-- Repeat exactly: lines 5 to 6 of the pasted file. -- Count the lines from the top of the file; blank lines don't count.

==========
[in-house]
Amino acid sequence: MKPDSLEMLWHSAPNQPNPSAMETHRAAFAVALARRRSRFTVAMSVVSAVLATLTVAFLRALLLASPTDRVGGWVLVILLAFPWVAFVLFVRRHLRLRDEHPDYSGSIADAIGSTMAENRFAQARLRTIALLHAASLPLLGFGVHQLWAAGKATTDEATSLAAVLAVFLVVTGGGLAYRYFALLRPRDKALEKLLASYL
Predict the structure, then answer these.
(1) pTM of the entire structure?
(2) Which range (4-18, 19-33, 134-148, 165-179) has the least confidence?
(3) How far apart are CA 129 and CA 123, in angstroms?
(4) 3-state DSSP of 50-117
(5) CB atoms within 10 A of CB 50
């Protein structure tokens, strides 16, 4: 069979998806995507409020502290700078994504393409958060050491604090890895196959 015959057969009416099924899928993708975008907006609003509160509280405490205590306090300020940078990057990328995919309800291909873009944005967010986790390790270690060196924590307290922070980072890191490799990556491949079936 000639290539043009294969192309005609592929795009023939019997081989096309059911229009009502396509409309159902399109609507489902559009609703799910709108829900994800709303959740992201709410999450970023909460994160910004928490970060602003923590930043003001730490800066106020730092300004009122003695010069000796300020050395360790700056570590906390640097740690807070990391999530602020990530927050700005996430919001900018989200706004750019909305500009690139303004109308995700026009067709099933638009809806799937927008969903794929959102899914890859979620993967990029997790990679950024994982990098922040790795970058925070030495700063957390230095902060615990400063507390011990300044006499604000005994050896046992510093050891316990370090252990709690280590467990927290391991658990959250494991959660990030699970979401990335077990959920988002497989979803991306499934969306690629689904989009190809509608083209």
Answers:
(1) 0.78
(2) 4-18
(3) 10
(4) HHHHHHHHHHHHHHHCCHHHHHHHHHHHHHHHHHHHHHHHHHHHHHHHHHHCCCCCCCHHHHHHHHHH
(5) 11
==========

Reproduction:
(2) Which range (4-18, 19-33, 134-148, 165-179) has the least confidence?
(3) How far apart are CA 129 and CA 123, in angstroms?